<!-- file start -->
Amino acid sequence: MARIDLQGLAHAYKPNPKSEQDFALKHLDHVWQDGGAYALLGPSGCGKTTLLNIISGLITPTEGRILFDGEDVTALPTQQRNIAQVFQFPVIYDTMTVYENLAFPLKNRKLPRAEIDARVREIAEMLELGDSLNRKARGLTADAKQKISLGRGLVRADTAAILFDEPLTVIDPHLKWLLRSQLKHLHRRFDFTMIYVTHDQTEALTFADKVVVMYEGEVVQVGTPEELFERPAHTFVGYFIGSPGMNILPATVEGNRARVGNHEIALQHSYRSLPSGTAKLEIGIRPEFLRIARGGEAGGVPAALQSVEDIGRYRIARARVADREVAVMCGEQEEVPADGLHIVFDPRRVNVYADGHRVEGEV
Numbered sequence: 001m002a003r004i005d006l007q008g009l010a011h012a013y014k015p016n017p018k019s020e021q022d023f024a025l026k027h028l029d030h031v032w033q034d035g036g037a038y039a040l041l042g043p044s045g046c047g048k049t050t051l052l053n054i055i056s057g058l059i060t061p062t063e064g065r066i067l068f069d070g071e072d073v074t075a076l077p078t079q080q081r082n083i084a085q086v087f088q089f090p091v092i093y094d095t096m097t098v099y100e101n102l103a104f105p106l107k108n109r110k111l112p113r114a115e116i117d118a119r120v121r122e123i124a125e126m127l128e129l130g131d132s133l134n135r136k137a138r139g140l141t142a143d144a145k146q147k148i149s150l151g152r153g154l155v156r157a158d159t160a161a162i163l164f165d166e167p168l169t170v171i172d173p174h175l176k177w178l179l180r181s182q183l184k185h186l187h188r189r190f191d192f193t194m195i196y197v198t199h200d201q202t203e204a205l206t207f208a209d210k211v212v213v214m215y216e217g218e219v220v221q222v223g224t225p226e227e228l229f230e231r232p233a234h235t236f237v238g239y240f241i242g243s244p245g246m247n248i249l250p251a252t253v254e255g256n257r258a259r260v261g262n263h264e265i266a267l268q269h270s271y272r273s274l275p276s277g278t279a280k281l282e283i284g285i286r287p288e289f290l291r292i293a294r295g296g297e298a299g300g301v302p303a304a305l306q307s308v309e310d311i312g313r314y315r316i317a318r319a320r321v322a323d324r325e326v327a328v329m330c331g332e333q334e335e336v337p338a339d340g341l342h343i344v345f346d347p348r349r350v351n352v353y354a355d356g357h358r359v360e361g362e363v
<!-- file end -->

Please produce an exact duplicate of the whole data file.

Amino acid sequence: MARIDLQGLAHAYKPNPKSEQDFALKHLDHVWQDGGAYALLGPSGCGKTTLLNIISGLITPTEGRILFDGEDVTALPTQQRNIAQVFQFPVIYDTMTVYENLAFPLKNRKLPRAEIDARVREIAEMLELGDSLNRKARGLTADAKQKISLGRGLVRADTAAILFDEPLTVIDPHLKWLLRSQLKHLHRRFDFTMIYVTHDQTEALTFADKVVVMYEGEVVQVGTPEELFERPAHTFVGYFIGSPGMNILPATVEGNRARVGNHEIALQHSYRSLPSGTAKLEIGIRPEFLRIARGGEAGGVPAALQSVEDIGRYRIARARVADREVAVMCGEQEEVPADGLHIVFDPRRVNVYADGHRVEGEV
Numbered sequence: 001m002a003r004i005d006l007q008g009l010a011h012a013y014k015p016n017p018k019s020e021q022d023f024a025l026k027h028l029d030h031v032w033q034d035g036g037a038y039a040l041l042g043p044s045g046c047g048k049t050t051l052l053n054i055i056s057g058l059i060t061p062t063e064g065r066i067l068f069d070g071e072d073v074t075a076l077p078t079q080q081r082n083i084a085q086v087f088q089f090p091v092i093y094d095t096m097t098v099y100e101n102l103a104f105p106l107k108n109r110k111l112p113r114a115e116i117d118a119r120v121r122e123i124a125e126m127l128e129l130g131d132s133l134n135r136k137a138r139g140l141t142a143d144a145k146q147k148i149s150l151g152r153g154l155v156r157a158d159t160a161a162i163l164f165d166e167p168l169t170v171i172d173p174h175l176k177w178l179l180r181s182q183l184k185h186l187h188r189r190f191d192f193t194m195i196y197v198t199h200d201q202t203e204a205l206t207f208a209d210k211v212v213v214m215y216e217g218e219v220v221q222v223g224t225p226e227e228l229f230e231r232p233a234h235t236f237v238g239y240f241i242g243s244p245g246m247n248i249l250p251a252t253v254e255g256n257r258a259r260v261g262n263h264e265i266a267l268q269h270s271y272r273s274l275p276s277g278t279a280k281l282e283i284g285i286r287p288e289f290l291r292i293a294r295g296g297e298a299g300g301v302p303a304a305l306q307s308v309e310d311i312g313r314y315r316i317a318r319a320r321v322a323d324r325e326v327a328v329m330c331g332e333q334e335e336v337p338a339d340g341l342h343i344v345f346d347p348r349r350v351n352v353y354a355d356g357h358r359v360e361g362e363v